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Museum receives grant to update bird displays

Local artist Kathy Tollenaere paints a wetland backdrop in the wetland bird display at the Carnegie Historical Museum in Fairfield. (Photo courtesy of Therese Cummiskey)
Local artist Kathy Tollenaere paints a wetland backdrop in the wetland bird display at the Carnegie Historical Museum in Fairfield. (Photo courtesy of Therese Cummiskey)
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FAIRFIELD – The Carnegie Historical Museum is undergoing extensive remodeling and changes to its displays as it remains closed to the public.

The museum will show off these new improvements when it reopens, which its board hopes to be during the Fairfield First Fridays art walk on Sept. 6.

One of the most noticeable changes will be to the museum’s bird displays. Before renovation, the bird displays were scattered throughout the museum, with little information about the taxidermy behind the glass.

Museum curator Stan Plum said the displays hadn’t been updated since the museum’s last major renovation in the 1970s. He and director Mark Shafer were thinking of ways to improve the displays to make them more educational and inviting.

Therese Cummiskey joined the museum’s board last fall. As the longtime naturalist at Jefferson County Nature Center, Cummiskey brought with her a wealth of information about wildlife and birds in particular. She looked into ways of consolidating the displays into one section of the museum, and adding interpretative information about each of the taxidermy subjects and photographs.

She learned of a grant opportunity from the National Audubon Society through her friend Julie Johnston. Cummiskey applied for the grant and received $655 to update the bird displays.

Cummiskey reported that all of the grant money has been used, and five updated displays are nearly complete. The museum is seeking donations to complete the sixth display. The bird displays are now together on the south side of the museum, which is on the third floor of the building.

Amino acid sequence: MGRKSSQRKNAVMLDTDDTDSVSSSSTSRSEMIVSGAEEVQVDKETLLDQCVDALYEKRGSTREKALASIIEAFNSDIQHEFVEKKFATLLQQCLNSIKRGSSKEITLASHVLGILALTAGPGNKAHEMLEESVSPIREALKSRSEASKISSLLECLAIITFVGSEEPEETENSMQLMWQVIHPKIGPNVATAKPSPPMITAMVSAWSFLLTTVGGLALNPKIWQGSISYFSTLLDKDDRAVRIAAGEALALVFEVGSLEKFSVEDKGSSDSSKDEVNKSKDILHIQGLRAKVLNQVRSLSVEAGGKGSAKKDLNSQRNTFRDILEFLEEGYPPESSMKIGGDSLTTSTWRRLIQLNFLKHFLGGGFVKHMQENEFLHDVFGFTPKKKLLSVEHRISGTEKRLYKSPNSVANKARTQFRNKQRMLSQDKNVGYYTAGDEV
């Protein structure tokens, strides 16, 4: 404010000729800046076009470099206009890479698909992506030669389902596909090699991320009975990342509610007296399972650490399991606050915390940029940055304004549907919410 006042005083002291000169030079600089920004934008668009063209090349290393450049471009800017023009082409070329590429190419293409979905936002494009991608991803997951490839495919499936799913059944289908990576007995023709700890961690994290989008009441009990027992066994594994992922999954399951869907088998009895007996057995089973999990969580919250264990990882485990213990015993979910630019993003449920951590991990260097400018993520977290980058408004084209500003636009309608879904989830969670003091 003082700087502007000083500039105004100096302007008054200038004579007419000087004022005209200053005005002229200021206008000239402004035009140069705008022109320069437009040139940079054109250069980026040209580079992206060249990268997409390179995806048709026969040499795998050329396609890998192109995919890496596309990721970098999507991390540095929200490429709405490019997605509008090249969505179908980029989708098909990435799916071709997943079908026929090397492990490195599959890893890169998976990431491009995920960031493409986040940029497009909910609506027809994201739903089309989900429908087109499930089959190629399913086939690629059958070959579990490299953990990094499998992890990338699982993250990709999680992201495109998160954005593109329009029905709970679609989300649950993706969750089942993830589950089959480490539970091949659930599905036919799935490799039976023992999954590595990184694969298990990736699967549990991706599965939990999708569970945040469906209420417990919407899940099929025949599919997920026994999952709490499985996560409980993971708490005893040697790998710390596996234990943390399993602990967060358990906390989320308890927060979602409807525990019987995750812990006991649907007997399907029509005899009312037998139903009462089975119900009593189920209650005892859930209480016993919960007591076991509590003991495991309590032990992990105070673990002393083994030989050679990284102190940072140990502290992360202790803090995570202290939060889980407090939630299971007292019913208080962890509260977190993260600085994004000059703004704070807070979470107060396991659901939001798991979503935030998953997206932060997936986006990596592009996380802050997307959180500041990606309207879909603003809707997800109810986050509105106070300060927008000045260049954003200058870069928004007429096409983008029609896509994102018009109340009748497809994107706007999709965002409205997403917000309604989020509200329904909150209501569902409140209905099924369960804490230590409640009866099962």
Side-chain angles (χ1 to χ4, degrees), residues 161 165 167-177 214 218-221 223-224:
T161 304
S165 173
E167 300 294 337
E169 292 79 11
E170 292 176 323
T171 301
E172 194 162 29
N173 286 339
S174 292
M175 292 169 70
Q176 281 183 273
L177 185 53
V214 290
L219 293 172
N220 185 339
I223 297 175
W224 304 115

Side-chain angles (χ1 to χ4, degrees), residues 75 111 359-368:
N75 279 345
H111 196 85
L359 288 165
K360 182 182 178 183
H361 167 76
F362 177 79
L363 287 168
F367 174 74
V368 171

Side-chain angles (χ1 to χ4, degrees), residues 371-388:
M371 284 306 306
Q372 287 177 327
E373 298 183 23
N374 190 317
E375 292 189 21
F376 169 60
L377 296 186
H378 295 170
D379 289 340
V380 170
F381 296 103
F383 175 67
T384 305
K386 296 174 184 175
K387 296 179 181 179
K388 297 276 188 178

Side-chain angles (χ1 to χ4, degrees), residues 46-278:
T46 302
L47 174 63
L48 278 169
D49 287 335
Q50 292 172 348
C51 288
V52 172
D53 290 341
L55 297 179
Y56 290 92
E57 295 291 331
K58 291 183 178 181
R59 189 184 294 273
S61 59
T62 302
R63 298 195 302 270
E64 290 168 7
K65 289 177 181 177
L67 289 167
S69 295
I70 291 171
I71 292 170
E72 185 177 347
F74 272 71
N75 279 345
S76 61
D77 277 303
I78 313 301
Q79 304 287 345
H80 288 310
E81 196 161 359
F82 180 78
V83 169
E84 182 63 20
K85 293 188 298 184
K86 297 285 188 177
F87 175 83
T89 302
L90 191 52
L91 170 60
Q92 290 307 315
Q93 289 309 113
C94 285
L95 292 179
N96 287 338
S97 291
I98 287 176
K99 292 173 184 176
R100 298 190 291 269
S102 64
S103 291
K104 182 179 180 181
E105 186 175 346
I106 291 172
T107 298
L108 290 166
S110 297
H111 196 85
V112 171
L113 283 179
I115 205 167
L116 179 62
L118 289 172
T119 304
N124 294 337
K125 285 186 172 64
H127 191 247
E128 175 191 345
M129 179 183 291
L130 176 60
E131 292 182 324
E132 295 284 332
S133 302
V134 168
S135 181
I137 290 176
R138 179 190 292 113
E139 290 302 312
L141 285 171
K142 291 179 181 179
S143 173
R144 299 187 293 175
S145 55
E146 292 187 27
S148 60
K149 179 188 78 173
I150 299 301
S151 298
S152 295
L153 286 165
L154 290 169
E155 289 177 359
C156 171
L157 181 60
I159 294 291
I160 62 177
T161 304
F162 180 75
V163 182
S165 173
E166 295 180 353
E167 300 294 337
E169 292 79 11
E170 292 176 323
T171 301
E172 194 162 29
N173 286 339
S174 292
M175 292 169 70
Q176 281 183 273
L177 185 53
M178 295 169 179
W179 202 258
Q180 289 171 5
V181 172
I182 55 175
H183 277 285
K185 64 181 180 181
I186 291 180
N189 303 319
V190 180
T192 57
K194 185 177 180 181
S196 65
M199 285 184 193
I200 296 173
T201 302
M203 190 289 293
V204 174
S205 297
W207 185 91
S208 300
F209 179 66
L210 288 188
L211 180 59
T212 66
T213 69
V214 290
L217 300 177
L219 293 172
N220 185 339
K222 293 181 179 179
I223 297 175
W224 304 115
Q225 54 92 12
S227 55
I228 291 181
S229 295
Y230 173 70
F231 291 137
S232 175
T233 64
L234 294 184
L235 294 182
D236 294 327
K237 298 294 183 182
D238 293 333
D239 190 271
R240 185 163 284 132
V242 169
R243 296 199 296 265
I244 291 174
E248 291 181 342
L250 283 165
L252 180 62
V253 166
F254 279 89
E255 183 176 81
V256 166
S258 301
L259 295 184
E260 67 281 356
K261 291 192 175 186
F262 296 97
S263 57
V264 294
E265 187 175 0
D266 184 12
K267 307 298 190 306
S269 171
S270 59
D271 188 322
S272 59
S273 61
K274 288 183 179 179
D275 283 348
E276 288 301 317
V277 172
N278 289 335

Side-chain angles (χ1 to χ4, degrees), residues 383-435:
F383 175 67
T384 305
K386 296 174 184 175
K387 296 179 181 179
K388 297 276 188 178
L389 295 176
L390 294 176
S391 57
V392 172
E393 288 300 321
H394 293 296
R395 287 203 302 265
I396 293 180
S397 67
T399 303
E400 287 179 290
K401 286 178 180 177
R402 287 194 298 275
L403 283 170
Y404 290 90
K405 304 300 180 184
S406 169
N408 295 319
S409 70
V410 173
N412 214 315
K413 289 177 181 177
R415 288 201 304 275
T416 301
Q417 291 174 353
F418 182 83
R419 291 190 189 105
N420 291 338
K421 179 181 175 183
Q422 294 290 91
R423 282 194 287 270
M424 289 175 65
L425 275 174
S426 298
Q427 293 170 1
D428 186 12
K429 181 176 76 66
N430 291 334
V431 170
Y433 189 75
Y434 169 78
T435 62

Cummiskey said the museum has a huge number of taxidermy birds still in storage – about 400 – and she hopes to rotate them into the new displays over time. She said it was important to continue the museum’s mission as a repository for both natural history and cultural history.

Among the new displays are one on the extinct passenger pigeon, a wetland birds display, one on birding in Fairfield, eagles and Iowa’s endangered birds, and one on J.M. Shaffer, who donated more than 400 pieces of taxidermy to the museum in 1893.

Local artist Kathy Tollenaere has painted a wetland backdrop for the wetland birds display.

“Our myriad of ducks and shorebirds needed a new display, and with Kathy’s painting, it looks stunning,” Cummiskey said. “Also, because we have so many wetland species in storage we can rotate birds on a regular basis keeping the display fresh for museum visitors.”

For the display on birding in Fairfield, Shafer has created a painting that will be part of that display, too. The display will contain birds mentioned in the journals of William and Carrie Ross, avid birders between 1890-1910. Included will be the original nature and birding journals of the Rosses. The exhibit will showcase an unfortunate incident in Fairfield’s history, when the construction of a light tower led to the demise of hundreds of migrating birds.

Cummiskey said the fact the museum has had to remain closed during the pandemic has a silver lining, which is that it’s allowed the museum to undertake such a large remodeling project.

“And it’s been messy,” Cummiskey joked. “It’s nice we don’t have to worry about members of the public tripping over anything.”

Cummiskey said she hopes to soon add a QRS code on the displays, so that visitors can scan the code with their cell phone and learn more about each display. Plum has talked about creating a “virtual tour” of the museum, so that it could be explored online.